When you are talking about sports mascots, one of the first at the top of your mind has to be the Phillie Phanatic. There are three MLB mascots in the Baseball Hall of Fame. There's the San Diego Chicken, who started as a radio station mascot but then became the mascot for the San Diego Padres.
Also, one time Pete Rose dressed in the Chicken's outfit in the WWE and was tombstoned by Kane. Somehow, it's not the least dignified thing the former Cincinnati Red has ever done. There's Youppi, who was the mascot for the Montreal Expos and now hangs around at Canadiens games. Then, there's the Phanatic, the large green persona beloved by Phillies fans and major league baseball fans worldwide.
And now, with the Phillies in the playoffs for the first time in more than a decade as they face off against the San Diego Padres in the NLCS, Philadelphia's favorite ballpark denizen is back in the spotlight. Perhaps the Phanatic can will the Phillies to their first ring since the 2008 World Series.
How did this wonderful mascot come to be and how much money does he earn to joke with fans and players? It has to be more than Philadelphia Flyer's mascot, Gritty! Right?
The Story of the Phillie Phanatic
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The Philadelphia Phillies front office started cooking up the idea of a mascot in the winter of 1977. They called upon the company Harrison/Erickson, run by Wayde Harrison and Muppets designer Bonnie Erickson, in order to craft the mascot for the team.
Thus, the original Phanatic was created.
The Phanatic is described as a flightless bird from the Galapagos Islands, though he is covered with green fur and is also quite large, like something out of a Dr. Seuss book. He wears a Phillies uniform and, of course, does not speak. The Phanatic debuted in 1978 in a matchup with the Chicago Cubs, and the city of Philadelphia took to him pretty quickly, in the same way they took to Rocky and Cheesesteaks. Considering this is the city that once booed Santa Claus, that was far from a given.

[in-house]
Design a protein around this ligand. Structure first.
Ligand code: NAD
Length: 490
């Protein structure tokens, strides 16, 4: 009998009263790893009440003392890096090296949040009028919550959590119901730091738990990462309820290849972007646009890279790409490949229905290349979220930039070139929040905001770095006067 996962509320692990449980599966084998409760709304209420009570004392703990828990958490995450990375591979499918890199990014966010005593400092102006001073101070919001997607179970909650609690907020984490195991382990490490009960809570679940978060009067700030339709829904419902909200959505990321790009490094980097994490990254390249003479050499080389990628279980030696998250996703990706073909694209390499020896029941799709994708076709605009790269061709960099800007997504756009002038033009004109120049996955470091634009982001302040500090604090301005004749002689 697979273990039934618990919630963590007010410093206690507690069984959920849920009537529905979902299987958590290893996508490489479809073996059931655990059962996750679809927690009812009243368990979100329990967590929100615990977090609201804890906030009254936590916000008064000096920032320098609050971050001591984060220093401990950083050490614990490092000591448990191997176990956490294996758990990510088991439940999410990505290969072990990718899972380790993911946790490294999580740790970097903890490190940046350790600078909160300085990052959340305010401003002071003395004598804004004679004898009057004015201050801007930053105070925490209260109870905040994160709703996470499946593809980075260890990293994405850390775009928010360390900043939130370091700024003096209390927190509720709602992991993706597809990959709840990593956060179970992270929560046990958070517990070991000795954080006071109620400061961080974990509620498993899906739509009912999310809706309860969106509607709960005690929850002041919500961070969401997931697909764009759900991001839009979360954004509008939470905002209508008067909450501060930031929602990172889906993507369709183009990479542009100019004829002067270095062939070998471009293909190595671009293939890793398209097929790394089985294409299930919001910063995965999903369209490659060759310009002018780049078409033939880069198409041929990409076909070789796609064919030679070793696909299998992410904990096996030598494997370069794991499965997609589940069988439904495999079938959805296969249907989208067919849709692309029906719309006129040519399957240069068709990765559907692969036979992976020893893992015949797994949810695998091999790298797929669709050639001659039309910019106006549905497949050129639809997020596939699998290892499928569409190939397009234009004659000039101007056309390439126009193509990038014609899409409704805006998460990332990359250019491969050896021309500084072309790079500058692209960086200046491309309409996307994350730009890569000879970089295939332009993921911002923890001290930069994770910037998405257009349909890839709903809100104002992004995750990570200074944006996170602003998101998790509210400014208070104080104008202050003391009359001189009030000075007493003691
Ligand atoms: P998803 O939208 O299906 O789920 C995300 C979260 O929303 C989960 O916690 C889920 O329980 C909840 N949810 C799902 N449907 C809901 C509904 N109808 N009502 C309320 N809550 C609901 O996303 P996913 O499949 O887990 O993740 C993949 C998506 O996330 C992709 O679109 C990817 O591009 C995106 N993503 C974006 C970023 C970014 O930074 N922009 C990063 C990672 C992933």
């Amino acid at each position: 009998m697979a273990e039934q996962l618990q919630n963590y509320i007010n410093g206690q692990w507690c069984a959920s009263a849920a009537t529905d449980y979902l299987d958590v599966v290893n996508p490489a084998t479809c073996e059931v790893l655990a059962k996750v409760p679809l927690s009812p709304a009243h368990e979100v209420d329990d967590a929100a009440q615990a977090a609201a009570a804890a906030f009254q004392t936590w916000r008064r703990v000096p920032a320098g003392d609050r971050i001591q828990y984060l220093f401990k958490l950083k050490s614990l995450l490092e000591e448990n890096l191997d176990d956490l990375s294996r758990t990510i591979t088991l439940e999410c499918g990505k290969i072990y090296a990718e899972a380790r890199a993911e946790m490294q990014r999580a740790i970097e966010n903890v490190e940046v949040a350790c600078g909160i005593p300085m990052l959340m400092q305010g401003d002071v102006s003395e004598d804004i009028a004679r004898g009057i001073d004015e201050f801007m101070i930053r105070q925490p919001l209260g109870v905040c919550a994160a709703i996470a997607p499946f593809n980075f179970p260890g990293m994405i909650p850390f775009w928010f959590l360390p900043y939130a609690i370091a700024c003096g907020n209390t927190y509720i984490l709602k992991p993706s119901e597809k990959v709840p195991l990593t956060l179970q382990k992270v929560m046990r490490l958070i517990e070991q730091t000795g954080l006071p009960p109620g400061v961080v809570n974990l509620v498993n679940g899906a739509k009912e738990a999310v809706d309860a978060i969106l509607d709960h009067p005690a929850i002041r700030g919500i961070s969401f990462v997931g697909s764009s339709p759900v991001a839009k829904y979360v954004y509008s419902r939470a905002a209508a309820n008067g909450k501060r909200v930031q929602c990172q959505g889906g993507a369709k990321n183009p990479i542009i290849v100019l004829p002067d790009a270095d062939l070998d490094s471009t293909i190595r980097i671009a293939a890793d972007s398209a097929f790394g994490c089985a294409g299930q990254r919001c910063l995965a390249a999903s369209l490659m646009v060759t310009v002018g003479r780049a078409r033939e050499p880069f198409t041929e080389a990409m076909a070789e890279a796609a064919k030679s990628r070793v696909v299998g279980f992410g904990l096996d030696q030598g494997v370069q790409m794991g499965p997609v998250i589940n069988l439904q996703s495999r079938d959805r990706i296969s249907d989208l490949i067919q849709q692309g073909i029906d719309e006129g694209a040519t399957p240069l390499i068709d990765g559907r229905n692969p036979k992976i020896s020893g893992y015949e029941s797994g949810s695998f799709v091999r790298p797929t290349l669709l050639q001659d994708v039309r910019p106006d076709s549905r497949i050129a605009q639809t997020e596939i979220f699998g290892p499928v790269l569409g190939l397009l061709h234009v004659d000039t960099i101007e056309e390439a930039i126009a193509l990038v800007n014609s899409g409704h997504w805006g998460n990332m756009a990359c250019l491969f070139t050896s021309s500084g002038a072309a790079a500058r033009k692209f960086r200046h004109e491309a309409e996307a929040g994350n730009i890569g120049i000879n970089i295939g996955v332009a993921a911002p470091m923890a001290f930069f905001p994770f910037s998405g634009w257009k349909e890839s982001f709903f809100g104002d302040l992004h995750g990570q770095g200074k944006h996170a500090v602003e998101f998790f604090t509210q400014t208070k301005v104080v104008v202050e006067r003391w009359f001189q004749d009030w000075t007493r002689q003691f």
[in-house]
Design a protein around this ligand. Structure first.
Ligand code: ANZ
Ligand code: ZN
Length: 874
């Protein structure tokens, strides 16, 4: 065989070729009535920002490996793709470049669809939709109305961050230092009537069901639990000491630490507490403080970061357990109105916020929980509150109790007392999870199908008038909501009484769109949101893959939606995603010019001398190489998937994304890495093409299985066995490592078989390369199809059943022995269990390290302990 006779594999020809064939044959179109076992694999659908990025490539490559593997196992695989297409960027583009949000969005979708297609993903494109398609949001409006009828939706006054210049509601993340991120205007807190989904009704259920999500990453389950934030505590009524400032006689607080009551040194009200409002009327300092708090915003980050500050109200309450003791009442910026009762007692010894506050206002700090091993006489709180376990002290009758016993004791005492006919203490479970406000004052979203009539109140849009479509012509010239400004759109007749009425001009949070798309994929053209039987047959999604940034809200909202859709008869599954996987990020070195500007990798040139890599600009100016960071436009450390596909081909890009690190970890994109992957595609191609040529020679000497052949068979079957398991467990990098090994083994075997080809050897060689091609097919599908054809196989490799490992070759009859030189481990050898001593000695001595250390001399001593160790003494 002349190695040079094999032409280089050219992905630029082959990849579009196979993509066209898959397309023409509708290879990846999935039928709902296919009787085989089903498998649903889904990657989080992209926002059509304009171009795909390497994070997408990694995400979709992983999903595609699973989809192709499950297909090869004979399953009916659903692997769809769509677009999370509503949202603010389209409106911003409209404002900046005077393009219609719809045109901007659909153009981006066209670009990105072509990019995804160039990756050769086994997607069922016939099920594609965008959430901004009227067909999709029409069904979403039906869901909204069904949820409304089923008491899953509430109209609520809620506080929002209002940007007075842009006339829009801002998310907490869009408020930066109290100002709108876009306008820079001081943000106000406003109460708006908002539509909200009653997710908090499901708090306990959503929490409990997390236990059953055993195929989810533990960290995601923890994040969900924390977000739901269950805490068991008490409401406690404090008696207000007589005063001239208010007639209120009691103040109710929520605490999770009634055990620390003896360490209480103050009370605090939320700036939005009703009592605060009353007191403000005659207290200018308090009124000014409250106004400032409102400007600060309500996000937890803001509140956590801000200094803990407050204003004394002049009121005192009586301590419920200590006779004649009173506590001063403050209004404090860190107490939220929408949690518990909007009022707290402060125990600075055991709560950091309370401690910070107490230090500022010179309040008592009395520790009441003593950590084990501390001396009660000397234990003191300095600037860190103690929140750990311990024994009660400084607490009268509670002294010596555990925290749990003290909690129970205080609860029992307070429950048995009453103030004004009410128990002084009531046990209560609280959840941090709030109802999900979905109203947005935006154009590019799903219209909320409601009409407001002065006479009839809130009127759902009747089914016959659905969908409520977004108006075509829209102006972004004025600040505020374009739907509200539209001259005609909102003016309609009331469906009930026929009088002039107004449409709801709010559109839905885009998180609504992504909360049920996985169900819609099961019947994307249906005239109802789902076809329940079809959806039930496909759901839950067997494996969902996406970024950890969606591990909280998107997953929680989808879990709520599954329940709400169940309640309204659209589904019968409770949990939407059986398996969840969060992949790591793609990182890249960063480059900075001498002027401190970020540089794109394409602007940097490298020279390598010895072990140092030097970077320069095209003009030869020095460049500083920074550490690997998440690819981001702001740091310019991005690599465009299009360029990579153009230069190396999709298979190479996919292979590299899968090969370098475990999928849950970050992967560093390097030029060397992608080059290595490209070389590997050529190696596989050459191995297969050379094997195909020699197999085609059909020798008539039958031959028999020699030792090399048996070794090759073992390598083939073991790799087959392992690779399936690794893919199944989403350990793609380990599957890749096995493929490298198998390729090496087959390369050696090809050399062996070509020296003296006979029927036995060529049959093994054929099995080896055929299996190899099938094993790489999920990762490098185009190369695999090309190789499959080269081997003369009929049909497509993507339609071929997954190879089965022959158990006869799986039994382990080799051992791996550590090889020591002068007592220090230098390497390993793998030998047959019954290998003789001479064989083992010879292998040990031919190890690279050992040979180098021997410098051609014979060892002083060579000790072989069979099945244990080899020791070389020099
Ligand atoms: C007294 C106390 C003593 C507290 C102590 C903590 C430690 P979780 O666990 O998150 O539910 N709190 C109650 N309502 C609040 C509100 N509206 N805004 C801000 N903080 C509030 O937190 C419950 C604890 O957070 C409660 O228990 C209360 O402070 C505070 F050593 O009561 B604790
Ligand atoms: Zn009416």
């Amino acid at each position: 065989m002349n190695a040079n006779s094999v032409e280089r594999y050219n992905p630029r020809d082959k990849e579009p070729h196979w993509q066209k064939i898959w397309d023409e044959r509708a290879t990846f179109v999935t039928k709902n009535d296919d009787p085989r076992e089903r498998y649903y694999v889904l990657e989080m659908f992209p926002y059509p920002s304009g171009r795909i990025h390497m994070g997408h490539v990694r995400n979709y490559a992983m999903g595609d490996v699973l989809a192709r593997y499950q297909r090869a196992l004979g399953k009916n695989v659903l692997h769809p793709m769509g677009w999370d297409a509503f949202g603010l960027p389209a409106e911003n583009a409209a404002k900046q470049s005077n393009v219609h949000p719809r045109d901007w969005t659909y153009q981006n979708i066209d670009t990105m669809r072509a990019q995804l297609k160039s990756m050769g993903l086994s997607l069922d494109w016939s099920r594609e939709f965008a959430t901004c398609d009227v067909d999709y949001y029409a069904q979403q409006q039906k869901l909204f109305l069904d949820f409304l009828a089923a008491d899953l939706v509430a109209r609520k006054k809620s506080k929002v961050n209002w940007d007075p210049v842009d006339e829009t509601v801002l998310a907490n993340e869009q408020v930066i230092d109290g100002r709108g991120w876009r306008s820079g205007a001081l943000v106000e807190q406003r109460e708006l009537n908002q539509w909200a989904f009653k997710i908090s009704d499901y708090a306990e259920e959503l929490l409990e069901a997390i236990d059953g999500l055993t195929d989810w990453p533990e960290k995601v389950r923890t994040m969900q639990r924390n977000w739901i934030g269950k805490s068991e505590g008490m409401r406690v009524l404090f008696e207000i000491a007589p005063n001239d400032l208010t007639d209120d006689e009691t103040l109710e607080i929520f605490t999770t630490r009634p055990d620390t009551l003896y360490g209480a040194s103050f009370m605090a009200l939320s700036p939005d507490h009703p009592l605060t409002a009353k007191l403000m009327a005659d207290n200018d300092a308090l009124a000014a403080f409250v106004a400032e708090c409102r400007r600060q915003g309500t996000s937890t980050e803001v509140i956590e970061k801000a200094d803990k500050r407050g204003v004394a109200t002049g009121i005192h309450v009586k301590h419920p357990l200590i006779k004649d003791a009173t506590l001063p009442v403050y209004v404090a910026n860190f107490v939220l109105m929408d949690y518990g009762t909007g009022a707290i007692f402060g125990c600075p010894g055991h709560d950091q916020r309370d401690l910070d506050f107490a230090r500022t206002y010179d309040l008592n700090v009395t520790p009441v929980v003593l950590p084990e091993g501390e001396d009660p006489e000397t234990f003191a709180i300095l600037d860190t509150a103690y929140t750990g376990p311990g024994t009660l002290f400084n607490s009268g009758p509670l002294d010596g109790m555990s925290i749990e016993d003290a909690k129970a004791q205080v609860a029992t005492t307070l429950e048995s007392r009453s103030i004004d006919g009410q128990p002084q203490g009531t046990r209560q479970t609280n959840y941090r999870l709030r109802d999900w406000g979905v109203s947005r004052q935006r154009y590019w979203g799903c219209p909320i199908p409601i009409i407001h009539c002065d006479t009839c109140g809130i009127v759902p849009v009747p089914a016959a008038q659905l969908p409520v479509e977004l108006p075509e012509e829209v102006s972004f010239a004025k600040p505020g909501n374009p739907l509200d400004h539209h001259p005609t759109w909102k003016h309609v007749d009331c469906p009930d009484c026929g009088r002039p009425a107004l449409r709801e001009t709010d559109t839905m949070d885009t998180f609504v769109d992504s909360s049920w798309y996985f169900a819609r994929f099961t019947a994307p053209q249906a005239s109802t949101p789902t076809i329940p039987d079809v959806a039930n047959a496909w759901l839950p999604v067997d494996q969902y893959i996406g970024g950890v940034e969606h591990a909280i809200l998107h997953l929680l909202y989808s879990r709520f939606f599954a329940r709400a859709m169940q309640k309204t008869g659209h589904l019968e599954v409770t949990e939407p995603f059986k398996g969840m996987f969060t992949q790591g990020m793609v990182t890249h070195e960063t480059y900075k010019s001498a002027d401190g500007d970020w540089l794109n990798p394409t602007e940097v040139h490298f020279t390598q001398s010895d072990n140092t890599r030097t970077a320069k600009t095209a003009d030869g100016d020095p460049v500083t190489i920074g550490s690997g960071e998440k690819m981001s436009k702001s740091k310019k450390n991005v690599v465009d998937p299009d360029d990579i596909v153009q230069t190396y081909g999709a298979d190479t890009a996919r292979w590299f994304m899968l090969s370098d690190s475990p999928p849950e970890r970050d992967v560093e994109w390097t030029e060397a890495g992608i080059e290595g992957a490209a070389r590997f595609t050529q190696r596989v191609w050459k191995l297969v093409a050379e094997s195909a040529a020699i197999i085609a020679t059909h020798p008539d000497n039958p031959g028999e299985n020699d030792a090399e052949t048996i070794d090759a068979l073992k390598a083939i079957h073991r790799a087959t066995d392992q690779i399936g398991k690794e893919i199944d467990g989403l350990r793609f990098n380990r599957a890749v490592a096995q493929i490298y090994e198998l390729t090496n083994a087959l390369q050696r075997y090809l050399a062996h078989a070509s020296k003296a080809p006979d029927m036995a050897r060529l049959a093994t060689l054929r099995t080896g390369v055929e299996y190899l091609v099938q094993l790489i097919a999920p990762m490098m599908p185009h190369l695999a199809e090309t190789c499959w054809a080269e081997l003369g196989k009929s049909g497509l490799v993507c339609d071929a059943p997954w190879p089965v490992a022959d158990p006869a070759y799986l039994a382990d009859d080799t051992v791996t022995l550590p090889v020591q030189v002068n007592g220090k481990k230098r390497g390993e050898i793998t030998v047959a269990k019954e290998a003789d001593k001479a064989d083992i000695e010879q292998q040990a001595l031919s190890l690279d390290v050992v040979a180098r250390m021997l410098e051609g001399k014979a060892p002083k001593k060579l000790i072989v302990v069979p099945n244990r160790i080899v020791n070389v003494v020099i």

David Raymond was the original Phillie Phanatic performer in the Phillies iconic costume, but in 1993 he ceded the role to Tom Burgoyne, who refers to himself as the Phanatic's "best friend." Since we're assuming you are an adult reading this, we can say that he's the guy in the suit. Sorry if we ruined any childhoods.
The Phillies mascot gets up to all sorts of stuff at Phillies games. He's known for riding around on an ATV, a tradition that continued after the move from Veterans Stadium to Citizens Bank Park. He does his "Phanatic Dance" on top of the dugout and will warmup in the bullpen. The Phanatic is also known to mess around with umpires and players on opposing teams like Jazz Chisolm of the Miami Marlins or Toronto Blue Jays legend, Jose Bautista.
We've also seen other teams recreate the Phanatic's fun and chaotic nature. Orbit, the mascot for the Houston Astros, has a flair for madness, often streaking across the field during Astros' games. Stomper, the mascot for the Oakland Athletics also has a similar shape to the Phanatic, which can be difficult to maneuver when tossing t-shirts to fans on Opening Day.
Size isn't an issue for the Phanatic, who launched hotdogs into the crowd with a mounted gun on his ATV, and throws t-shirts like he's Aaron Nola.